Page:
Psilocybin & Depression: Psychedelic effects optional yet we still don’t have the full picture

Whether more people are becoming depressed or access to accurate diagnosis is increasing, the prevalence of depression is increasing. As a greater portion of our population becomes affected by depression, the demand for effective treatment grows. The drugs that were first developed to treat depression are not working with the same efficacy for a subsect of our population therefore researchers have begun to look at other pharmacological treatments such as psilocybin. 

Psilocybin is the psychedelic compound found in certain mushrooms that are also called magic mushrooms. The effects caused by psilocybin are said to be mind-altering, euphoric, and hallucinogenic are the attributes people often cite as to why it effectively treats depression. In modern history, psilocybin was used for psycholytic therapy, which is therapy that involves controlled use of psychedelic drugs, until legal restrictions of the drug were put in place in the mid 1960’s. These restrictions labeled psilocybin as an illicit drug with no known benefits.

While these legal restrictions are still in place, current research efforts are electing to change that by showcasing how effective the use of psilocybin can alleviate depressive symptoms and in one particular case, alleviate depression without the psychedelic effects. 

According to researchers from Maryland, utilizing an anti-hallucinogen alongside psilocybin treatment for depressive-like symptoms in male mice was effective (Hesselgrave et al., 2021). To discover this, researchers induced depressive symptoms, then treated mice with psilocybin, psilocybin and the anti-hallucinogen, or no treatment at all and discovered that the mice treated with psilocybin and the anti-hallucinogen had similar decreases as the mice treated with just psilocybin, thereby showcasing that the hallucinogen effects of psilocybin are not necessary for alleviating depression (Hesselgrave et al., 2021). 

Despite these findings, researchers are still aiming to develop a broad understanding of the efficacy of psilocybin as a treatment for depression. In a recent longitudinal study, researchers found that when patients were provided two doses of psilocybin and supportive therapy, at the 12-month follow up they had large and significant decreases in depressive symptoms (Gukasyan et al., 2022) (Figure 1). 

Decrease in GRID-HAMD depression scores over time from baseline through the 12-month follow-up (N = 24).

With these results, psilocybin is being shown to have long-term positive outcomes for people with depression. 

Additional research has found that the positive effects of psilocybin therapy may be linked to increased brain connectivity. Utilizing fMRI data, researchers discovered that psilocybin treatment was correlated with decreases in brain modularity which implied that the antidepressant action of psilocybin may be due to an overall increase in brain network integration (Daws et al., 2022). Simply, brain imaging showed significant changes in how the certain regions of the brain connect and communicate with other regions. A decrease in brain modularity signifies that within a particular region there are less connections which in turn implies greater connections between different regions, or an increase in region-to-region communication. To further affirm these findings, researchers conducted a second trial where the anti-depressant escitalopram was prescribed and the brain were observed, yet researchers did not observe any changes in brain network organization. The results of the second trial indicate that brain network integration may be a component of psilocybin’s unique mechanism of action to produce anti-depressant effects.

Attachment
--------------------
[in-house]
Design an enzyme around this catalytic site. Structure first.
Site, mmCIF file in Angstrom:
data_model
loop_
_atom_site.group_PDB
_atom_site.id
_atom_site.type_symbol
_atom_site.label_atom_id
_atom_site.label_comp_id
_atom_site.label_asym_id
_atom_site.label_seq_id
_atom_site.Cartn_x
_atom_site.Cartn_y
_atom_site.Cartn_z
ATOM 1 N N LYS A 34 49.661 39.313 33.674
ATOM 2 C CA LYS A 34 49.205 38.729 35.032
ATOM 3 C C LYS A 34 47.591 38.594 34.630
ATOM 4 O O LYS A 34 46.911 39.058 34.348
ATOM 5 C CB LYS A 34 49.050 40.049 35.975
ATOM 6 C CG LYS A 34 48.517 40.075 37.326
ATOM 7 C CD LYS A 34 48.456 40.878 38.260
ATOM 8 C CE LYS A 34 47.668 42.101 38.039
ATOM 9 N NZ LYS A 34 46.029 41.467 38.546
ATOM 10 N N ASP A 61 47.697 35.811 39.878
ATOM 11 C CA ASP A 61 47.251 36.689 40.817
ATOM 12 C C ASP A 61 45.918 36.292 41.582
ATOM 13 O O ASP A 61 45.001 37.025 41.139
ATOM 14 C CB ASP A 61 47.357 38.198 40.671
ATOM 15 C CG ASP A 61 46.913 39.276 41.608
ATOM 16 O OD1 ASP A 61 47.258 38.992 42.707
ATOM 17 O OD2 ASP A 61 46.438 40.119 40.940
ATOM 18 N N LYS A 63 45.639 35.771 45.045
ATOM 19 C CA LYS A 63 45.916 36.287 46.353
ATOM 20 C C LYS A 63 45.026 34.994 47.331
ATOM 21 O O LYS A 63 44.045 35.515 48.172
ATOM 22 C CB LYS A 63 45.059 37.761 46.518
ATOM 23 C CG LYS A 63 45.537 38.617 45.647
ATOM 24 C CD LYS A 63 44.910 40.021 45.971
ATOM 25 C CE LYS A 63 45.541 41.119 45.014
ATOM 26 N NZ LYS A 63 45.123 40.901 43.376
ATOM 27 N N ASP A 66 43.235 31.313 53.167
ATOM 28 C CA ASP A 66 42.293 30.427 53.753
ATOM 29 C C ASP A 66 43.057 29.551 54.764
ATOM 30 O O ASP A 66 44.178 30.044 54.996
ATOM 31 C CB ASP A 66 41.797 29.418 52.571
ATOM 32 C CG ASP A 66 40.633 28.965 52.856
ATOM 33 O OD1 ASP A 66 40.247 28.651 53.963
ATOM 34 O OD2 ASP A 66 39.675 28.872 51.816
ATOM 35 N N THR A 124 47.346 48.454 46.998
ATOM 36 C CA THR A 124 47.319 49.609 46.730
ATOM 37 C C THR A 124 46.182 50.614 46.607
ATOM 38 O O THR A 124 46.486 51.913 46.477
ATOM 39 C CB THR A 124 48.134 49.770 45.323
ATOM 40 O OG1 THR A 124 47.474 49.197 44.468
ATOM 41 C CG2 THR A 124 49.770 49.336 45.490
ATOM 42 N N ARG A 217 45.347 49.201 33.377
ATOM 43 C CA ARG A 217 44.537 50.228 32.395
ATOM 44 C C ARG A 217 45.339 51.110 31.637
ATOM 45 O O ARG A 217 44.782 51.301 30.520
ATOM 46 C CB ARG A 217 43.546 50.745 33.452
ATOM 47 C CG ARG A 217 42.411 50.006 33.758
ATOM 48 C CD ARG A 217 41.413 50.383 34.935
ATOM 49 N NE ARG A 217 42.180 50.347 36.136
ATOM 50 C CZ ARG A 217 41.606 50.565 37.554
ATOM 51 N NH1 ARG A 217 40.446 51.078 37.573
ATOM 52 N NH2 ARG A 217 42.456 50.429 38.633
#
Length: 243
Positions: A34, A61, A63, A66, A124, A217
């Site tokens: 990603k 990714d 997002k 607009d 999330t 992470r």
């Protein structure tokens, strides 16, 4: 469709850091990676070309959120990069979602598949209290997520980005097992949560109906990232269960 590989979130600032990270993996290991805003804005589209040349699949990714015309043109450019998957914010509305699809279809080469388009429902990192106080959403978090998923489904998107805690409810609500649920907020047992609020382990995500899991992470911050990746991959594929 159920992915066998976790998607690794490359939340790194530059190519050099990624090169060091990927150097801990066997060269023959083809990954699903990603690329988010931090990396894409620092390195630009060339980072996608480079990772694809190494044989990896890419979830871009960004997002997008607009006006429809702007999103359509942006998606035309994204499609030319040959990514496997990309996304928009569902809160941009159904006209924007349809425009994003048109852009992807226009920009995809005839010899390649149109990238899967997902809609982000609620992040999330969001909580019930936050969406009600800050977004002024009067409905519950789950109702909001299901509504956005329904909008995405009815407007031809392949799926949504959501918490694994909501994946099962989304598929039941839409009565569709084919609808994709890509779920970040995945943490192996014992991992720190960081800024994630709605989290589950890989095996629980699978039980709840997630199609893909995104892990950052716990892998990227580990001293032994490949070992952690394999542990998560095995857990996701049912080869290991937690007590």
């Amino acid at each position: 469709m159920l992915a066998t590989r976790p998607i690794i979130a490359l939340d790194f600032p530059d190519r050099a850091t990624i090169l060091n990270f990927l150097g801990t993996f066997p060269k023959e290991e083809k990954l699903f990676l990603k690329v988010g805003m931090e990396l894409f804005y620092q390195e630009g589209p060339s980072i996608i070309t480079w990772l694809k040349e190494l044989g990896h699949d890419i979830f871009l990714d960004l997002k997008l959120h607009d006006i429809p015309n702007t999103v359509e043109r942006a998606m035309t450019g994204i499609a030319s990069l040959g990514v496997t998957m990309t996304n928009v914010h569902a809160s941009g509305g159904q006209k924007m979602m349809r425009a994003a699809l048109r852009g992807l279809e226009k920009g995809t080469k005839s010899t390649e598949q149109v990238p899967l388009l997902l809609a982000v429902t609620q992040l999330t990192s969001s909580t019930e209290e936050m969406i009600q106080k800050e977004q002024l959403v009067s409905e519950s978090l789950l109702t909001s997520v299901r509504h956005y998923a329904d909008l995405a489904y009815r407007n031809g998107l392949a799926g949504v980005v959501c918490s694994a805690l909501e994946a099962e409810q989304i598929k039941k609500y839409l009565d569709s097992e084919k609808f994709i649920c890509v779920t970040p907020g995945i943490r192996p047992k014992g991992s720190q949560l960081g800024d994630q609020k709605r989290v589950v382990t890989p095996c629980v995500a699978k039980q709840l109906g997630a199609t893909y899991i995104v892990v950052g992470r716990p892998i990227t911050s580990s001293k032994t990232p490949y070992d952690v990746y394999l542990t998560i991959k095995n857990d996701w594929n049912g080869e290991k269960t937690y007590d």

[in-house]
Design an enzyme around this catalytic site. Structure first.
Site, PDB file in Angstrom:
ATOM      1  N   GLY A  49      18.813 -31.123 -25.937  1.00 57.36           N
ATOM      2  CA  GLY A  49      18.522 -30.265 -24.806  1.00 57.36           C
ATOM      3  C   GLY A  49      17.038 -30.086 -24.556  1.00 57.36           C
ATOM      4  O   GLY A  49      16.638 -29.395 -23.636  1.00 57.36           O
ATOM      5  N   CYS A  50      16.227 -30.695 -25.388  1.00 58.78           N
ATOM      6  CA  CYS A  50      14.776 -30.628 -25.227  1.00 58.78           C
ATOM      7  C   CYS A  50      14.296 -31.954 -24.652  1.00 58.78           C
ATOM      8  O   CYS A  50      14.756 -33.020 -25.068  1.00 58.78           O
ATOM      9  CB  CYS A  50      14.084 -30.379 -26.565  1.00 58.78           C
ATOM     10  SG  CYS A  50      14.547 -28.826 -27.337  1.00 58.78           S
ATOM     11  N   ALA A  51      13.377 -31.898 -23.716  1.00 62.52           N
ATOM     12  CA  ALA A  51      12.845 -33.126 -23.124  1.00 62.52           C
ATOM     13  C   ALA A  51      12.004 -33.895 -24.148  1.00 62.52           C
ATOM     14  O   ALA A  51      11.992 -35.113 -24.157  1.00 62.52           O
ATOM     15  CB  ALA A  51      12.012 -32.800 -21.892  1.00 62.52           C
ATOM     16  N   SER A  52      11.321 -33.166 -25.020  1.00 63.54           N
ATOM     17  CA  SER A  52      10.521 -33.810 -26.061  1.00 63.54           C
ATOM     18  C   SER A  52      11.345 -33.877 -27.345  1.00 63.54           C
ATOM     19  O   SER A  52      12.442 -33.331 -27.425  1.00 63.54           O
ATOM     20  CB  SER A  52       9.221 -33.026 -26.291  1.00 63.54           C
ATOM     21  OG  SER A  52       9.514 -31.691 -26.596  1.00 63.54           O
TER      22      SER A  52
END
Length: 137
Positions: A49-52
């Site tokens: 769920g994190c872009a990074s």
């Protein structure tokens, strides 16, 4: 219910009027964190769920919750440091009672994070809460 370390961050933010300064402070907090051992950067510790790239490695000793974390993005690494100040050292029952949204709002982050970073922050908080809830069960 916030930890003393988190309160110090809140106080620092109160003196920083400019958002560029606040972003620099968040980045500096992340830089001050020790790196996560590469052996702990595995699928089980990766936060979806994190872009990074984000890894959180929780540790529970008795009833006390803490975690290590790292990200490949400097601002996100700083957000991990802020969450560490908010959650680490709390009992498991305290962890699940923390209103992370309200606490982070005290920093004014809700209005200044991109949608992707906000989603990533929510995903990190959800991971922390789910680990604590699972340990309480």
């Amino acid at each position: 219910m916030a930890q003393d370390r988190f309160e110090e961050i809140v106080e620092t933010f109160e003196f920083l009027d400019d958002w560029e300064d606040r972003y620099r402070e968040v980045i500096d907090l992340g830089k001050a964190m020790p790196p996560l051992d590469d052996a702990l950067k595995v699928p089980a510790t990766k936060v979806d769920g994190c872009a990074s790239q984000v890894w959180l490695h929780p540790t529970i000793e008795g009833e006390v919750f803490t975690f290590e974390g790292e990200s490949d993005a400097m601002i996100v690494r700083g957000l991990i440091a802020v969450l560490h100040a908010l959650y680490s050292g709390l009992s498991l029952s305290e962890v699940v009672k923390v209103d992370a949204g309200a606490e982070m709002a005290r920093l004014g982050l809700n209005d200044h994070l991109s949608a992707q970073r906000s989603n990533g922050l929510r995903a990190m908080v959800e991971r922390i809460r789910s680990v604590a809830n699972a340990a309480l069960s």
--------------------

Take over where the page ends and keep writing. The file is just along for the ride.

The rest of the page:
As depression continues to affect people and increase the demand for treatment, researchers must continue the search and development of a variety of treatment modalities. If the continued promising research of psilocybin is any indicator, we may have a new treatment in the coming decades and the relabeling of psilocybin altogether. 

References

Daws, R.E., Timmermann, C., Giribaldi, B. et al. Increased global integration in the brain after psilocybin therapy for depression. Nat Med 28, 844–851 (2022). https://doi.org/10.1038/s41591-022-01744-z

Gukasyan, N., Davis, A. K., Barrett, F. S., Cosimano, M. P., Sepeda, N. D., Johnson, M. W., & Griffiths, R. R. (2022). Efficacy and safety of psilocybin-assisted treatment for major depressive disorder: Prospective 12-month follow-up. Journal of Psychopharmacology36(2), 151–158. https://doi.org/10.1177/02698811211073759

Hesselgrave, N., Troppoli, T. A., Wulff, A. B., Cole, A. B., & Thompson, S. M. (2021). Harnessing psilocybin: antidepressant-like behavioral and synaptic actions of psilocybin are independent of 5-HT2R activation in mice. Proceedings of the National Academy of Sciences118(17). https://doi.org/10.1073/pnas.2022489118

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